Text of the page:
Objective: The cervical anatomy has been shown to affect injury patterns in vehicle crashes. Characterizing the spine anatomy and changes associated with growth and gender is important when assessing occupant protection. In this study, selected cervical characteristics were quantified.
Methods: Computed tomography (CT) scans of 750 patients were selected from the University of Michigan trauma database; 314 were children and 436 were adults. Four variables were obtained: the maximum spinal canal radius, vertebral body depth, facet angles, and retroversion angles.
Results: The cervical spine measurements varied with age and gender. The body depth increased nonlinearly with age. The average vertebral body depth at C4 was 9.2 ± 0.38 mm in the 0-3 age group, 15.7 ± 0.29 mm in the 18-29 age group, and 17.2 ± 0.46 mm in the 60+ age group. Pediatric and adult males had larger vertebral body depth than females overall, irrespective of vertebral level (P <.001). Compared to females, the vertebral body depth was 8-9 percent greater in male children and 13-16 percent greater in adult males. The average radius varied with gender, with male children generally having a larger radius than females irrespective of vertebral level (P <.001). Overall, spinal canal radius was smallest in the 0-3 and 60+ age groups and largest in the 18-29 age group. The C4 radius was 5.91 ± 0.17, 6.28 ± 0.14, and 6.73 ± 0.17 mm respectively. The radius was larger in the 4-7 age group than in the 0-3 age group, irrespective of vertebral level (P <.0001). There were nonsignificant radius changes between the 4-7 and 8-11 age groups and the 8-11 and age 12-17 groups, suggesting that the size of the spinal cord reaches near maturation by the age of 7. Facet angles decreased with age in children and increased with age in adults. The average facet angles were largest in the 0-3 age group (P <.1, C2-C6). Adult facet angles were greater in the 60+ age group than in the 18-29 age group (P <.0001, C2-C6). Males had larger facet angles than females overall (P <.01 at C2, C5-C7). The retroversion angles were largest at C6 and C7. They increased with age in children and decreased in the adult population; they were larger (5-22%) in the 18-29 age group than in the 60+ age group (P <.0001, C2-C6).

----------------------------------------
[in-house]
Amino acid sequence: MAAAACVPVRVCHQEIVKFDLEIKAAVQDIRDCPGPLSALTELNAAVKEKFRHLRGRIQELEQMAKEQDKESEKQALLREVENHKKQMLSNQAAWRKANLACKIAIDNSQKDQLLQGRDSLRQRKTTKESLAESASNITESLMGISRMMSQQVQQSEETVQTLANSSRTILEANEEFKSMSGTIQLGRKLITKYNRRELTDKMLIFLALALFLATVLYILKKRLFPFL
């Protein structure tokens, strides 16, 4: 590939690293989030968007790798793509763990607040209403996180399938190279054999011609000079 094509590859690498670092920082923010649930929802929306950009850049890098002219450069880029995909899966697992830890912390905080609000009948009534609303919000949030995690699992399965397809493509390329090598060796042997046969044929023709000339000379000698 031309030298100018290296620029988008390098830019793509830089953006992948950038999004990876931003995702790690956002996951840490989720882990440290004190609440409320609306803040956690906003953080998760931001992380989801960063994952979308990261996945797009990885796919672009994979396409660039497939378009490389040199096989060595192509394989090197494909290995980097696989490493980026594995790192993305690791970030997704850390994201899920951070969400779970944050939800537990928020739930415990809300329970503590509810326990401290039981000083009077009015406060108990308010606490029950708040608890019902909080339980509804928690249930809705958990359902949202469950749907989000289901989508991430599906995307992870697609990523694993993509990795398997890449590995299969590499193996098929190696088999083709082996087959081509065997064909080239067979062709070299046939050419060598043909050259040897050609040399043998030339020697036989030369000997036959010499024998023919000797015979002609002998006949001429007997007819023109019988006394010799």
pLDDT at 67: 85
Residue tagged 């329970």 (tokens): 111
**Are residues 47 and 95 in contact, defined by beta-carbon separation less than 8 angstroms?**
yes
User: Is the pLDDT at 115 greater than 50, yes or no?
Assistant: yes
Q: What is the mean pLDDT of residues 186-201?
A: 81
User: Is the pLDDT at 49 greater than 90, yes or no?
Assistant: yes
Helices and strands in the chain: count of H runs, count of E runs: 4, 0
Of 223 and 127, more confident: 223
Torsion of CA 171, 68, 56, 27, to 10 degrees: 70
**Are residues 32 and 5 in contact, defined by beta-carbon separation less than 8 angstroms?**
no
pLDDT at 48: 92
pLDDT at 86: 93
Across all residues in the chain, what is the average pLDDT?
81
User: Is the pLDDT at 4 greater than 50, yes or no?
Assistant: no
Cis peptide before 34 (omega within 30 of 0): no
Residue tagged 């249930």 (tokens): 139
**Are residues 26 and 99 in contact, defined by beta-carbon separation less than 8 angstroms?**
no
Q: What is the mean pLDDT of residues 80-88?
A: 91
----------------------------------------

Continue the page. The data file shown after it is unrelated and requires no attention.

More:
Conclusions: The results obtained in this study help explain variations in cervical anatomical changes associated with age and gender. The information is useful when assessing differences in injury patterns between different segments of the population. Anatomical measurements of the cervical spine should be considered for the development of models used to assess injury mechanisms for various occupant age groups.
Keywords: age; crash safety; gender; models; spine injury.